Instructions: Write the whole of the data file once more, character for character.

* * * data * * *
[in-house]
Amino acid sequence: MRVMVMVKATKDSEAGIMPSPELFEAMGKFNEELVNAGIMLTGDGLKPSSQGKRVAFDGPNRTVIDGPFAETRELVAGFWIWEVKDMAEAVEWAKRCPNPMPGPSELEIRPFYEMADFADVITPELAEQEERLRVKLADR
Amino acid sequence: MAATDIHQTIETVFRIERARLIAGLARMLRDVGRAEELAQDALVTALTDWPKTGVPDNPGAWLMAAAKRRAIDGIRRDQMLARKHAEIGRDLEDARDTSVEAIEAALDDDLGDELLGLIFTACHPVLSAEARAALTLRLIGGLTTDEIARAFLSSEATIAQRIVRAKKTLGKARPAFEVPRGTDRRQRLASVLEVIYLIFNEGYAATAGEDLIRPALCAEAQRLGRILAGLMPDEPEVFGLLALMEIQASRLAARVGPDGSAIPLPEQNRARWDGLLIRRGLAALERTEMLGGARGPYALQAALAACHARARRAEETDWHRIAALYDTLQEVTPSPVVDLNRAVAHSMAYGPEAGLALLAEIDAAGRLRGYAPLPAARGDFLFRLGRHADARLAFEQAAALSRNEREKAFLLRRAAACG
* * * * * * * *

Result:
[in-house]
Amino acid sequence: MRVMVMVKATKDSEAGIMPSPELFEAMGKFNEELVNAGIMLTGDGLKPSSQGKRVAFDGPNRTVIDGPFAETRELVAGFWIWEVKDMAEAVEWAKRCPNPMPGPSELEIRPFYEMADFADVITPELAEQEERLRVKLADR
Amino acid sequence: MAATDIHQTIETVFRIERARLIAGLARMLRDVGRAEELAQDALVTALTDWPKTGVPDNPGAWLMAAAKRRAIDGIRRDQMLARKHAEIGRDLEDARDTSVEAIEAALDDDLGDELLGLIFTACHPVLSAEARAALTLRLIGGLTTDEIARAFLSSEATIAQRIVRAKKTLGKARPAFEVPRGTDRRQRLASVLEVIYLIFNEGYAATAGEDLIRPALCAEAQRLGRILAGLMPDEPEVFGLLALMEIQASRLAARVGPDGSAIPLPEQNRARWDGLLIRRGLAALERTEMLGGARGPYALQAALAACHARARRAEETDWHRIAALYDTLQEVTPSPVVDLNRAVAHSMAYGPEAGLALLAEIDAAGRLRGYAPLPAARGDFLFRLGRHADARLAFEQAAALSRNEREKAFLLRRAAACG